Editors' Notes

Maria Damon and Michelle Greenblatt
Jim Leftwich and Michelle Greenblatt
Sheila E. Murphy and Michelle Greenblatt

A Visual Conversation on Michelle Greenblatt's ASHES AND SEEDS with Stephen Harrison, Monika Mori | MOO, Jonathan Penton and Michelle Greenblatt

Letters for Michelle: with work by Jukka-Pekka Kervinen, Jeffrey Side, Larry Goodell, mark hartenbach, Charles J. Butler, Alexandria Bryan and Brian Kovich

Visual Poetry by Reed Altemus
Poetry by Glen Armstrong
Poetry by Lana Bella
A Eulogic Poem by John M. Bennett
Elegic Poetry by John M. Bennett
Poetry by Wendy Taylor Carlisle
A Eulogy by Vincent A. Cellucci
Poetry by Vincent A. Cellucci
Poetry by Joel Chace
A Spoken Word Poem and Visual Art by K.R. Copeland
A Eulogy by Alan Fyfe
Poetry by Win Harms
Poetry by Carolyn Hembree
Poetry by Cindy Hochman
A Eulogy by Steffen Horstmann
A Eulogic Poem by Dylan Krieger
An Elegic Poem by Dylan Krieger
Visual Art by Donna Kuhn
Poetry by Louise Landes Levi
Poetry by Jim Lineberger
Poetry by Dennis Mahagin
Poetry by Peter Marra
A Eulogy by Frankie Metro
A Song by Alexis Moon and Jonathan Penton
Poetry by Jay Passer
A Eulogy by Jonathan Penton
Visual Poetry by Anne Elezabeth Pluto and Bryson Dean-Gauthier
Visual Art by Marthe Reed
A Eulogy by Gabriel Ricard
Poetry by Alison Ross
A Short Movie by Bernd Sauermann
Poetry by Christopher Shipman
A Spoken Word Poem by Larissa Shmailo
A Eulogic Poem by Jay Sizemore
Elegic Poetry by Jay Sizemore
Poetry by Felino A. Soriano
Visual Art by Jamie Stoneman
Poetry by Ray Succre
Poetry by Yuriy Tarnawsky
A Song by Marc Vincenz

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Two Poems by Jill Darling

of and off the page

after Jennifer K. Dick


to understand fluorescence the right way to say
or speak
what the body cannot like a scent
at the peak violence, or predilection, an influence
or management system
organized in the way that spring flowers grow
on urban plots. some specific, cultivated, some
like weeds, leftover from previous owners,
remember landscape


in the ocean
molecules, a song, geologic history
            Ingrid I tell you, voices
resonating like waves
draw lines
sand founders
bubbles disperse, survive
            as words on rock
            pressed against an aging tide, a poem,
            letters imprinted on a tree
pacify the rush.

a bluff a sinking
            melody across minutes or
this sentiment livid
            like heat across August
blood like screams
held back and distant
scattered like beach glass
            and drowning
            in cancer memento
            a pre-historic era


Ophelia I heard you in the train, your tangles, your roses lament and screech
into and out of the station. Blood of insufficiency or rain, a misread sigh, curse
of detail, anatomy, politics. I have decided it fits like a metaphor. A glove a leaf
a melody. Clarity nuanced like distant sound from every direction.

"a sharp silver glint of rail"

across exterior vibration limbs cross or break
veering according to narrative inclination,
having left you behind, all this time.


an extrication, layering in timely arrangements of speech.

insert replacement words here.


a story in versions
fallen syllables out of scheme
too soon for history

the train in the distance
rain, dissonance
I hear you, imagining
narratives out of sort and out of mind

mathematics of failure
what falls
between the gaps

landscape, or an aroma of breath...

in one postcard, an image of a girl, layered, purple, half smiling. the landscape, distinct and European, old stone buildings, a cafe, sipping coffee, facing the street, watching each passerby. a scene of symbolic space: we are here, we have discovered architecture, we may decide to never return home. a visual collaboration of time split, standing still.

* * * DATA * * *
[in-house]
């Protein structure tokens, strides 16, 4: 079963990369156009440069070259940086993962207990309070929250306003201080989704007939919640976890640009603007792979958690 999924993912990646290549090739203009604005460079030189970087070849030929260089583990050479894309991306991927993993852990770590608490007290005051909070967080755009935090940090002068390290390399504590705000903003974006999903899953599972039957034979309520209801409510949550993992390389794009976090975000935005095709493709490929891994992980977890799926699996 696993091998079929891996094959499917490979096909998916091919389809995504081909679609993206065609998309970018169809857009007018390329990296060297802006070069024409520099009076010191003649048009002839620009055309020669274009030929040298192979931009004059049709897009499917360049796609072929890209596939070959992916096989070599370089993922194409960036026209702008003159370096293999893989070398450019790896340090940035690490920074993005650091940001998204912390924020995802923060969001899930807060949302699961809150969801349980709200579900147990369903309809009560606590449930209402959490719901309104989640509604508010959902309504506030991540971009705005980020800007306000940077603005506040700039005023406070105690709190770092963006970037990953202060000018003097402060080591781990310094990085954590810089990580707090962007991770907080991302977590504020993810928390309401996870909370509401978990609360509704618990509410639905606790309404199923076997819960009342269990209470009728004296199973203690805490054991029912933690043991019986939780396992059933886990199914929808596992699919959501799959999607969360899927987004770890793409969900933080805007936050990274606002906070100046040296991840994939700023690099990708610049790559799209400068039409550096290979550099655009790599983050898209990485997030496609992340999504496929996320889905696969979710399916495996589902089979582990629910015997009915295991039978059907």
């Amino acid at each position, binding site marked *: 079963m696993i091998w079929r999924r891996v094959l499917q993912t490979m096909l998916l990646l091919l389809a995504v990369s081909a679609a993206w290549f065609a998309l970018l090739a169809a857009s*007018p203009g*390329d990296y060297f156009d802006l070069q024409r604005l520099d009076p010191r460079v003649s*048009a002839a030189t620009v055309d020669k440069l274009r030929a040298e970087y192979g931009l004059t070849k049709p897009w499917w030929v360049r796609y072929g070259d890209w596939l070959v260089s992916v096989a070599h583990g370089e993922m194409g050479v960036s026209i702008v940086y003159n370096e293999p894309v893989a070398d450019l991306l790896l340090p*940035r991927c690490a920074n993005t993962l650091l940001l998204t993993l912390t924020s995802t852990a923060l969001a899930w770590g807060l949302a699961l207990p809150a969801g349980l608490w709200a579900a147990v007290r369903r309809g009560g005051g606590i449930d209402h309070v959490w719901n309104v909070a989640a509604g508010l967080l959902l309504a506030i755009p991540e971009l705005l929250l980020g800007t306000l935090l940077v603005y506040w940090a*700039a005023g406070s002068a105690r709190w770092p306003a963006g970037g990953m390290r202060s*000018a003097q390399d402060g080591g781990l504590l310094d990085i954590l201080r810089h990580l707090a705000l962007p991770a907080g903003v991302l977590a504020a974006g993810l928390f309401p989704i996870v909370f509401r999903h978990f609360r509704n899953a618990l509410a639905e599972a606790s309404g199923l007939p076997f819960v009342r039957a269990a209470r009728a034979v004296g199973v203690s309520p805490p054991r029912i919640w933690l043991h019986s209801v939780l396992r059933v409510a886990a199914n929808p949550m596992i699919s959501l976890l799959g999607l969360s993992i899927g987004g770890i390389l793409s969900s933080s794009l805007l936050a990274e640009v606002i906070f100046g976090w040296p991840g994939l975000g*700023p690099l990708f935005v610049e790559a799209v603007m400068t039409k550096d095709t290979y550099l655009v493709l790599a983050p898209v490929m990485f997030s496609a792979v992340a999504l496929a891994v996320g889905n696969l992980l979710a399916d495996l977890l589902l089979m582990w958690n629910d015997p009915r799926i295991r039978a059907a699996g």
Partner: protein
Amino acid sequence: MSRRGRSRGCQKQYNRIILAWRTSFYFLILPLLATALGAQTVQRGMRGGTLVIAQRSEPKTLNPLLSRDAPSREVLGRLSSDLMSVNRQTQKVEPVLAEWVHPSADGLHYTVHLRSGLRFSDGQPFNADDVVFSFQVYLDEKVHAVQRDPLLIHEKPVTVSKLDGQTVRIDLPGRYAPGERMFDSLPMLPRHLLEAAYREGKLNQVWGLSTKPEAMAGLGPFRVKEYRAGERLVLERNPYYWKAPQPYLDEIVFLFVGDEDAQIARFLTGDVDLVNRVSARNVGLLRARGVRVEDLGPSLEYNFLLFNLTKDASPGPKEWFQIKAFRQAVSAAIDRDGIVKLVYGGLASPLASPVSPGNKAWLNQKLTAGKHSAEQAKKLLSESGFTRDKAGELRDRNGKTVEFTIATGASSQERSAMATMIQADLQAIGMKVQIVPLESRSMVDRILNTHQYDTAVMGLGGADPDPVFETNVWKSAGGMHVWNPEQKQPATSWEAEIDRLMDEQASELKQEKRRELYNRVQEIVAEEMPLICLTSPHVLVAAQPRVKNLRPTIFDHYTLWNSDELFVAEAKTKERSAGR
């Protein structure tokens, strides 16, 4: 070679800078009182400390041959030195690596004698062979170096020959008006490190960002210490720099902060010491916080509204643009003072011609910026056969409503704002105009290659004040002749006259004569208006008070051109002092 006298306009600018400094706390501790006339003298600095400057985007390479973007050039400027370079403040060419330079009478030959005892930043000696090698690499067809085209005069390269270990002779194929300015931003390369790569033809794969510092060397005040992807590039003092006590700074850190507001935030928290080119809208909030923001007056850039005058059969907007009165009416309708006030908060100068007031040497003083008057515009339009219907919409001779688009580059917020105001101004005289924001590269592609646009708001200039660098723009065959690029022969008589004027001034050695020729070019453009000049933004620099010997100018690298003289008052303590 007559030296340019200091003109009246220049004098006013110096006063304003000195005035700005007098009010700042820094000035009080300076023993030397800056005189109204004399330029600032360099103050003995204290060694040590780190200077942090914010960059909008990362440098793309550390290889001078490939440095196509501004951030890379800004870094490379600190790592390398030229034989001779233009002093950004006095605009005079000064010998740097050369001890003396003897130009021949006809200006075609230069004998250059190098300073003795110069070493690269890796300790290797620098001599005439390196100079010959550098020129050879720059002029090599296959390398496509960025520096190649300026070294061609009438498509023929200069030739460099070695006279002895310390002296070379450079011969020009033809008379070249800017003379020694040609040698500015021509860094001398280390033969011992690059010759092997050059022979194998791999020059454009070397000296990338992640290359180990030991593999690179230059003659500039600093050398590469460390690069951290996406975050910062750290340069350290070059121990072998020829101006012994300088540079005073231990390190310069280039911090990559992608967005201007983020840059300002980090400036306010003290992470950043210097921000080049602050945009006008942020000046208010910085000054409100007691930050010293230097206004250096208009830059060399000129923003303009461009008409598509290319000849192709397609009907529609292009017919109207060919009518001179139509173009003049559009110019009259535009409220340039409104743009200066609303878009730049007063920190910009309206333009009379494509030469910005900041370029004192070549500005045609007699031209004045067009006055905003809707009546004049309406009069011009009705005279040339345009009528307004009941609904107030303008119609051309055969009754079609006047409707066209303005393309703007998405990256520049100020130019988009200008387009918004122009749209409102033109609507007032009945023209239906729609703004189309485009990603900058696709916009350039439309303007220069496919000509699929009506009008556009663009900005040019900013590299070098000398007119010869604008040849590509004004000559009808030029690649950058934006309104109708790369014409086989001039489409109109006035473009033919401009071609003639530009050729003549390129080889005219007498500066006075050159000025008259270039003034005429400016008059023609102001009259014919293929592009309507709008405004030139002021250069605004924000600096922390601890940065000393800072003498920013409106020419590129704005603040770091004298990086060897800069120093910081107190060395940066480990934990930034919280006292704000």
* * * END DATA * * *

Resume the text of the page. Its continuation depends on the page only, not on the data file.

one notices the slivers of pale flesh in the ash. she is come undone. flakes scatter in a breeze. it will be impossible to close our eyes without the smell, of ash, of flesh. heat amplified against flame and a forgotten history, never recorded by victors or anyone else. we tie our ends with neon ribbon, pretend there is a common story that would make us feel better, that we could remember fondly, that we could displace into lines of feeling. Pale, gruesome, emotion. she led us to believe there was another way. coming to this.

as an instruction in consequence one might recall a particular moment, a falling snow, unbearable sky, the witnessing of entire seconds lapsed and evicted. Dickinson sits in a box, the dog tangled on a rope, and insults play like rhythms across a gritty morning—one will not move from this fog voluntarily one will entice gravity and fail. sure, for every cause and consequence there is a lesson, an undetermined number of repetitions before the memories make any sense at all. oh Emily, we are here like shadows, quietly inserting marks on the page, wandering against, and prolific.

pieces of reflection, a series of blue lines, scattered in stories. photos of an old farm, buildings long gone, a single moment still before the storm. waves washing over. a voice in my head. hold each string for a moment longer, each note, sweet and floating. rhythms of a drum in sync, in my chest, an African drum beat in 3s, weaving, scattering, washing over. delirious blue water meets sky the endless horizon. once scented ideas on the wind, this still collapse. flickering.

Jill Darling is the author of Solve For (BlazeVOX, ebooks), begin with may: a series of moments (Finishing Line Press), and at the intersection of 3, a collaborative project with Laura Wetherington and Hannah Ensor (Dancing Girl Press). She's had work published in journals including /NOR, Aufgabe, 580 Split, Quarter After Eight, factorial, Rampike, Horse Less Review, Two Serious Ladies, the Spring Gun Press Journal, Denver Quarterly, and in the anthology Poetic Voices Without Borders. More info can be found at JillDarling.com.

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